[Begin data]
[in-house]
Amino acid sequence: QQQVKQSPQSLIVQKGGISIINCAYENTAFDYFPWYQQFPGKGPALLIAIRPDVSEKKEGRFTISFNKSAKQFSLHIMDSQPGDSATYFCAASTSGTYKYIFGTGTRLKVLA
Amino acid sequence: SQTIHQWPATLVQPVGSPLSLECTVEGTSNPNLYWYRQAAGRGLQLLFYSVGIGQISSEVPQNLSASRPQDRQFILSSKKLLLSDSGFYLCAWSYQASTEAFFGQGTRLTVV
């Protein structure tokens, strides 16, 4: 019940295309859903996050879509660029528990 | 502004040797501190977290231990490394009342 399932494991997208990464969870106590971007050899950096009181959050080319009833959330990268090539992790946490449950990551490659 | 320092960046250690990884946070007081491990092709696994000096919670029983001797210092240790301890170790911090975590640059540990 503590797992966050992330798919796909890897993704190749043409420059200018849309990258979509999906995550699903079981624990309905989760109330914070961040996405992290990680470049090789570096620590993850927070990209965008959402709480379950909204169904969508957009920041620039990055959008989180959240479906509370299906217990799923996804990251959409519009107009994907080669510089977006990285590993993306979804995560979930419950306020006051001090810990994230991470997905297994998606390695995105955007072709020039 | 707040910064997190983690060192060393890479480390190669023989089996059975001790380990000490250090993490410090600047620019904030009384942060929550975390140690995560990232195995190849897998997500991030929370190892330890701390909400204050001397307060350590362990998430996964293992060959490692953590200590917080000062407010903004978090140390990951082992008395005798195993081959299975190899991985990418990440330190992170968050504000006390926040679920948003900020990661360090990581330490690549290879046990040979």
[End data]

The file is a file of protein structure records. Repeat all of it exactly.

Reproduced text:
[in-house]
Amino acid sequence: QQQVKQSPQSLIVQKGGISIINCAYENTAFDYFPWYQQFPGKGPALLIAIRPDVSEKKEGRFTISFNKSAKQFSLHIMDSQPGDSATYFCAASTSGTYKYIFGTGTRLKVLA
Amino acid sequence: SQTIHQWPATLVQPVGSPLSLECTVEGTSNPNLYWYRQAAGRGLQLLFYSVGIGQISSEVPQNLSASRPQDRQFILSSKKLLLSDSGFYLCAWSYQASTEAFFGQGTRLTVV
């Protein structure tokens, strides 16, 4: 019940295309859903996050879509660029528990 | 502004040797501190977290231990490394009342 399932494991997208990464969870106590971007050899950096009181959050080319009833959330990268090539992790946490449950990551490659 | 320092960046250690990884946070007081491990092709696994000096919670029983001797210092240790301890170790911090975590640059540990 503590797992966050992330798919796909890897993704190749043409420059200018849309990258979509999906995550699903079981624990309905989760109330914070961040996405992290990680470049090789570096620590993850927070990209965008959402709480379950909204169904969508957009920041620039990055959008989180959240479906509370299906217990799923996804990251959409519009107009994907080669510089977006990285590993993306979804995560979930419950306020006051001090810990994230991470997905297994998606390695995105955007072709020039 | 707040910064997190983690060192060393890479480390190669023989089996059975001790380990000490250090993490410090600047620019904030009384942060929550975390140690995560990232195995190849897998997500991030929370190892330890701390909400204050001397307060350590362990998430996964293992060959490692953590200590917080000062407010903004978090140390990951082992008395005798195993081959299975190899991985990418990440330190992170968050504000006390926040679920948003900020990661360090990581330490690549290879046990040979």